The ecological catastrophe that we face is the result of an endless pursuit of revenue accumulated through selling products and the competition of billion-dollar bank accounts. We had the illusion that this would never end, but now it is over; there are no more consumers left and we have nowhere to move forward.
The crisis manifests itself in education, culture (interrelations), and ongoing difficulties when it comes to satisfying of our immediate needs. Manufacturers still have the potential to develop, but there is almost nobody who is able to buy their goods. Large pools of the population of Western countries who lost their income cannot purchase goods at the same rate they used to. Previously, goods were produced and consumed within a complete monetary-commodities cycle. Now, the cycle is broken.
At some point capitalists arrived at the wrong decision: They started to play with finances alone, separate from products. A large, inflated “bubble” was created adding its contribution to the overall crisis. Because the bubble is devoid of real content, it is blown up with the help of advertising and a game that takes place between various banks and financial systems.
Thus, in all spheres of human activity, in education, culture, interpersonal relationships, people are not able to live as they used. Humanity is helpless.
Let’s take Spain as an example: Young people who received a university education in Europe cannot find jobs; they cannot marry because they have no ability to provide for their families, nor can they make progress in their professions. Everybody wants to put their knowledge into practice, have a family, buy a house, etc., but nobody needs them. People cannot realize themselves; they cannot find a place for themselves anywhere; they cannot lead a normal life. All they have is unemployment and uncertainty.
This is spreading around the world. A person has no solution in a situation where I care only about myself and do not care about the world; if we don’t care about others, we cannot provide others with a means of subsistence. We do not care about each other; therefore, on one hand, we toss out a huge amount of surplus goods, and on the other hand, the surplus does not get to the correct destinations where they are desperately needed. Our ego doesn’t allow us to take care of others. Only if we feel a threat do we begin satisfying their needs.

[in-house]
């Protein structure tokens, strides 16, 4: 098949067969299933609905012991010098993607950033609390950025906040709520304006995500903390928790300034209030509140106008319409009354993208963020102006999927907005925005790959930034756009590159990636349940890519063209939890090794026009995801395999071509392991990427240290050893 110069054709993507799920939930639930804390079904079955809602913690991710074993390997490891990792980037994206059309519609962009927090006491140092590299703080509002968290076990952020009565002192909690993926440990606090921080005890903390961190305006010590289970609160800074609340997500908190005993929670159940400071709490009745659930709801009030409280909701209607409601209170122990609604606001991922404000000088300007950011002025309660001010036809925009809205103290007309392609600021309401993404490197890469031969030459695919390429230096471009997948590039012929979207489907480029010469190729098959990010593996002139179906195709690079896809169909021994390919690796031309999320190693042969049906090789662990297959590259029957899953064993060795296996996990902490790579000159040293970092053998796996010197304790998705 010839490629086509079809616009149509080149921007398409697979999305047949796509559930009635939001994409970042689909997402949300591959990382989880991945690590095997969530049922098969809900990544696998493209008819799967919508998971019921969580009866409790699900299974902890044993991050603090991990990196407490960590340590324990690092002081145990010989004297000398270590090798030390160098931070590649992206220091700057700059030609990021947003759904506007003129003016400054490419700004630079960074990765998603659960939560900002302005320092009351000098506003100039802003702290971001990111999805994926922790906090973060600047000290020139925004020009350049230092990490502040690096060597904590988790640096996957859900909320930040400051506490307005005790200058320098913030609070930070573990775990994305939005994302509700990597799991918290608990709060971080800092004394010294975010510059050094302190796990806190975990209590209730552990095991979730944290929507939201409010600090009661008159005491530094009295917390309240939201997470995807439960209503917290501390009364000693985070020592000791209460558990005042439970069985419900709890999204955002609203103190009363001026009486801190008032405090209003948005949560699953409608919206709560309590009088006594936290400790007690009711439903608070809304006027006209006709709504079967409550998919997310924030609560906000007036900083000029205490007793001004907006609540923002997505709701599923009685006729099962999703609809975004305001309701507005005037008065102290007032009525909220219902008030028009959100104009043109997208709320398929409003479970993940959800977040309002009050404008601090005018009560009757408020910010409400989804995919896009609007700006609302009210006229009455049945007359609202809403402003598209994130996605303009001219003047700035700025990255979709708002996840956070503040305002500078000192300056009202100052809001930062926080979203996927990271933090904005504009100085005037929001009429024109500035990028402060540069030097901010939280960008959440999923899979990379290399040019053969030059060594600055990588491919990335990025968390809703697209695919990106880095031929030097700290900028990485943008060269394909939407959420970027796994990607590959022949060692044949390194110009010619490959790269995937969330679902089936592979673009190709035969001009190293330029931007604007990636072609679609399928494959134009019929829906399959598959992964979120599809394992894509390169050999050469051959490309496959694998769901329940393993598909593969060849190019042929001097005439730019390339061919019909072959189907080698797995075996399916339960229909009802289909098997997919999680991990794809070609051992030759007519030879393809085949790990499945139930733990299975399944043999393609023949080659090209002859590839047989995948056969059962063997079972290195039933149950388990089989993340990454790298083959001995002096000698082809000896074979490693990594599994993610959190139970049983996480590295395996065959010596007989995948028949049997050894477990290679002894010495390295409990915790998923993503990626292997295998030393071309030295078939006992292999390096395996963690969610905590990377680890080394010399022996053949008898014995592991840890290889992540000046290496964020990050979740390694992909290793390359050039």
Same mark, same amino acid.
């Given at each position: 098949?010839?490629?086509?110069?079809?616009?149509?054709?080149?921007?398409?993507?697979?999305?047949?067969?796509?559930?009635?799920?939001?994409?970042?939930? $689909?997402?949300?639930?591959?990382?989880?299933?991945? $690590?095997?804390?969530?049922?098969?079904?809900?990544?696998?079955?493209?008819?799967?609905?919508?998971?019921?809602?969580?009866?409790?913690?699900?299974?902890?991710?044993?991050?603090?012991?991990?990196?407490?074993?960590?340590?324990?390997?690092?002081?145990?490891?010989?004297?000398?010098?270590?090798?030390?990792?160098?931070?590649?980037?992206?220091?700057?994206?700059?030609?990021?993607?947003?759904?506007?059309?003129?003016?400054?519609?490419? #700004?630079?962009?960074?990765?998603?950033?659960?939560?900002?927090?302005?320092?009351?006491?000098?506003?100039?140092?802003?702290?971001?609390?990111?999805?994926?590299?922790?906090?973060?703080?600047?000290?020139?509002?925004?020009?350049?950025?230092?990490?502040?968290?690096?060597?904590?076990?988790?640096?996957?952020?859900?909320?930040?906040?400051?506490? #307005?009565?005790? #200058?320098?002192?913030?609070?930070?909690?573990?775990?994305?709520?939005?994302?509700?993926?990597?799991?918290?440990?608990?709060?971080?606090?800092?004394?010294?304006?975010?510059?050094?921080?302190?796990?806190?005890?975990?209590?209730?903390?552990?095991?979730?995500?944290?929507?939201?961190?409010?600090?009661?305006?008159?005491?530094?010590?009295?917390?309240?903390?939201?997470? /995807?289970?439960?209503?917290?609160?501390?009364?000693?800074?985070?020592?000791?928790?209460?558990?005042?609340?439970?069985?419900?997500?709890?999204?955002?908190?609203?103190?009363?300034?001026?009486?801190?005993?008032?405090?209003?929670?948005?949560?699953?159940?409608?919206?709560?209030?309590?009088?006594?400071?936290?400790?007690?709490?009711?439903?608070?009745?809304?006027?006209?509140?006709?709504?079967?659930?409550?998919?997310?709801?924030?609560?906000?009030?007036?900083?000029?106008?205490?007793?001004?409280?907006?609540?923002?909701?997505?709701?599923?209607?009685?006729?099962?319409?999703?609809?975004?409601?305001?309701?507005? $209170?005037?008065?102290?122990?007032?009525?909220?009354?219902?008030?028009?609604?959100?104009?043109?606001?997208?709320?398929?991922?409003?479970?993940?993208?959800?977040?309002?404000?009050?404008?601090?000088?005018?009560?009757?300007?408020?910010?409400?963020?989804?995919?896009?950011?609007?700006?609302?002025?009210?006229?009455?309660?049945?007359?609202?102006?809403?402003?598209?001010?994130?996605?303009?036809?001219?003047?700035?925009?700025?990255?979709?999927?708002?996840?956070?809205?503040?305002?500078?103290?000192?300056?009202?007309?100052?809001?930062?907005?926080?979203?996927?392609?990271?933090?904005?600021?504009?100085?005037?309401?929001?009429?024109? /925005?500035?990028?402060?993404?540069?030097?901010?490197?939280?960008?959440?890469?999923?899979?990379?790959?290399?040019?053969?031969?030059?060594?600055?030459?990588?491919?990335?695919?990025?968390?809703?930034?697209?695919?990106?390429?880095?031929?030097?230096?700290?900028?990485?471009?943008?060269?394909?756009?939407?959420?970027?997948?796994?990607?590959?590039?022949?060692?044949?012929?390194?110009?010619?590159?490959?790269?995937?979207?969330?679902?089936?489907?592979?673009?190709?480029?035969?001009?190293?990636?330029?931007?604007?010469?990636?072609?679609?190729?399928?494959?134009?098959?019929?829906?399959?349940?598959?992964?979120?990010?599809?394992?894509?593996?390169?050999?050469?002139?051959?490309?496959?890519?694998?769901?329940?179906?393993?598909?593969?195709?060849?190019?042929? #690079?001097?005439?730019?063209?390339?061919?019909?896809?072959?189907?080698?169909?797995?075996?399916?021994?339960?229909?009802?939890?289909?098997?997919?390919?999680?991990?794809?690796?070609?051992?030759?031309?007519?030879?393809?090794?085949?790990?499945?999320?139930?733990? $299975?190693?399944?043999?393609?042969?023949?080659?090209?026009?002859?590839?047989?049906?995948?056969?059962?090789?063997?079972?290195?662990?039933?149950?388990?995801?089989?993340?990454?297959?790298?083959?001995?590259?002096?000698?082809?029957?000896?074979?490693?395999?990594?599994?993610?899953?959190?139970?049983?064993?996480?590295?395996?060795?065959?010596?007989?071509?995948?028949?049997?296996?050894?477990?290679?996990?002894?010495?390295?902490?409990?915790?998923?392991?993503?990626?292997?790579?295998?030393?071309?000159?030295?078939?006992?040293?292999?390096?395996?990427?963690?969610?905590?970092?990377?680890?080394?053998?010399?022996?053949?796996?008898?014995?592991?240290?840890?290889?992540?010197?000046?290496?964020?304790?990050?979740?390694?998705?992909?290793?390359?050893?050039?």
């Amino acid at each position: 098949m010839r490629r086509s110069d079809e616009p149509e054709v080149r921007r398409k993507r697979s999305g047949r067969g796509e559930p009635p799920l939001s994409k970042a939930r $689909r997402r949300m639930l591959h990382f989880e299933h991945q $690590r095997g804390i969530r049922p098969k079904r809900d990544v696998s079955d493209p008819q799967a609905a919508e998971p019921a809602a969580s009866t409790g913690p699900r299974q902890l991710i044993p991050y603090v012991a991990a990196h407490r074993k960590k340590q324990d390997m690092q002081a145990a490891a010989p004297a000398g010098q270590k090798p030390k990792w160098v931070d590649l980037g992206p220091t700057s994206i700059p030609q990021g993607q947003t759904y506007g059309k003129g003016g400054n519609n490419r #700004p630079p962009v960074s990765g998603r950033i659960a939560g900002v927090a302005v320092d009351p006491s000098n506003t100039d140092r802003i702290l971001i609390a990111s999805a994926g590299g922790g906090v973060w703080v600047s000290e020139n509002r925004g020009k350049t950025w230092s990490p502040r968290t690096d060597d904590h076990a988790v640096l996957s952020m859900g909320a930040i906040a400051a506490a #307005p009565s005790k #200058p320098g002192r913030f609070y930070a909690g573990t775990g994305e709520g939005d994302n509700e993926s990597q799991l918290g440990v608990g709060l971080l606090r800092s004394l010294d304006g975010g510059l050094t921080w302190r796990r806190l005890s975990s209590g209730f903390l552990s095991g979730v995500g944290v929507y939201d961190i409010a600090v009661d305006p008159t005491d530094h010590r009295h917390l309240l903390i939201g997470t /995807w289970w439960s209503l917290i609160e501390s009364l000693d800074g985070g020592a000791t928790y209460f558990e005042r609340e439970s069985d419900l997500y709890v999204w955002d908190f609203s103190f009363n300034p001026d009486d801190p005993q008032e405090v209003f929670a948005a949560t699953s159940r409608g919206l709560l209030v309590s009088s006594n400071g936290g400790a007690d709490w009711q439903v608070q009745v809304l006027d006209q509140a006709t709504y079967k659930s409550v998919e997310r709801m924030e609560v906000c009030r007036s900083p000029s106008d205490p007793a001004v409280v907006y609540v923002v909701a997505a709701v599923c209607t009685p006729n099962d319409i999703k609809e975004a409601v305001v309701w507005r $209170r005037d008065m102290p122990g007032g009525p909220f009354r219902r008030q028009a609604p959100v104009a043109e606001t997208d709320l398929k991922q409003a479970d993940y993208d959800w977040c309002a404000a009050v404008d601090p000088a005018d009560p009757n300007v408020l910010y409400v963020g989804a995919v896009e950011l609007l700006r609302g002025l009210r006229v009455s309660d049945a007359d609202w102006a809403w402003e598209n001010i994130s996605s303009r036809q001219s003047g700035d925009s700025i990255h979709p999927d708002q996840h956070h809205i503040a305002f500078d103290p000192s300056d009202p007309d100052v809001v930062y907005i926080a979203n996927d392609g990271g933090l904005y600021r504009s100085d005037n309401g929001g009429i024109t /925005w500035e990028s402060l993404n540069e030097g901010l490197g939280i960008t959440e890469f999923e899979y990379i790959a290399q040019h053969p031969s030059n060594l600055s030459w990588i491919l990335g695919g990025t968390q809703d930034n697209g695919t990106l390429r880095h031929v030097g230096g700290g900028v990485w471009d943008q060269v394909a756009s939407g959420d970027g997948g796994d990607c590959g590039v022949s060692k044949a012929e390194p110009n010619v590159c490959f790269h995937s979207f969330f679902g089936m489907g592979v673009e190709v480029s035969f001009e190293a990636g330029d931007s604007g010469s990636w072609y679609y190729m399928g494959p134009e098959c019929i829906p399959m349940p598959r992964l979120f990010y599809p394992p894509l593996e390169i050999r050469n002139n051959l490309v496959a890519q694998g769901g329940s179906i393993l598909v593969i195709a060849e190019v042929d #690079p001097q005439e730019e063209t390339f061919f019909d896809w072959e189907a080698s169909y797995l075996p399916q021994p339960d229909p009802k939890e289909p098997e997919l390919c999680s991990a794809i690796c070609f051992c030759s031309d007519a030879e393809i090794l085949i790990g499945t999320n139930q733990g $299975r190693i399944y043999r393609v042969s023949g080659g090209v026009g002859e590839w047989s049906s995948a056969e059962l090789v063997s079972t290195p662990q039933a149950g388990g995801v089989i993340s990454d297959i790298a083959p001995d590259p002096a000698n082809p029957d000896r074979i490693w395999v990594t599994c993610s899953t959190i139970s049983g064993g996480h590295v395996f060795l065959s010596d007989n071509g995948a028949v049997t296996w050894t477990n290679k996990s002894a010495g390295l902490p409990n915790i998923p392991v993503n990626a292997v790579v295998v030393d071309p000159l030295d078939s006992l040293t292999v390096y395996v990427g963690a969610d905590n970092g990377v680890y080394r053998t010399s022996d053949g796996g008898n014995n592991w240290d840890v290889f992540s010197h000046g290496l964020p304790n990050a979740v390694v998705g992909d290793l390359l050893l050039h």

As another example, let’s look at Africa, which once produced many products and developed remarkably. But then the Europeans began dumping their imports there with slashed prices. This destroyed the local market; Africans stopped producing staple goods; people abandoned their previous jobs and professions. Later on the same companies that artificially lowered prices while introducing their products started to raise them once the local competition was eliminated. As a result, Africans were left without mean, and their impoverished situation persists to this day.
There are very harsh conditions in the world and they are exacerbated by a deepening global crisis. It impacts both developed countries and Third World nations, some of which are only beginning to develop. All of it is caused by human egoism. But we are also already feeling that we are connected: We are all floating in one boat; if someone damages the boat, it affects everyone. We cannot advance. Our egoism works like a boomerang and hits every single one of us.
In Europe, it appears in a very peculiar way. In order to achieve power and success, European nations initiated mutually beneficial connections, and it is impossible to break them apart. Severing them would cause complete obliteration. Consequently, instead of a common market, joint production, and a united society, we witness a dangerous state, which doesn’t allow anybody to move a finger without the consent of others.
We’ve already approached the necessity of taking each other into consideration. Even though European history is filled with wars and conflicts and numerous counts of tragic events, slaughters, and the subjugation of one nation by another…still, today there is no other way for Europeans but to transition to cooperation even though it will yet be originated by hatred and indifference. It’s not enough just to reckon with others; we see that it doesn’t work. It gradually becomes clear that a common market doesn’t tolerate old economic laws that are built on an egoistic foundation. The old system is not functional any more.
Today, both human nature and the environment bring up a new condition: Egoistic compassion doesn’t work; we have to implement love to our neighbors.
It’s hard to pronounce these words. They seem so unrealistic, so far from us. Our hearts reject them.
However, we will continue to approach this state if we manage to attract the compelling force upon us. Today, Nature forces us to gain love for our neighbors since the only alternative to it is death from hunger, disease, and cataclysms. It’s our duty to form an alternate force that would oblige us to move towards mutual love.
What kind of force is that? It is our surroundings that are organized in a way that pushes us to unite even more so than ecology, economics, education, possible lack of food supply, etc. do. Society must be strong enough to sustain our egoistic nature, impose a new type of relations among us, and thus lead us from one edge to another—from hatred to love.
From KabTV’s: “A New Life” Episode 13, 1/11/12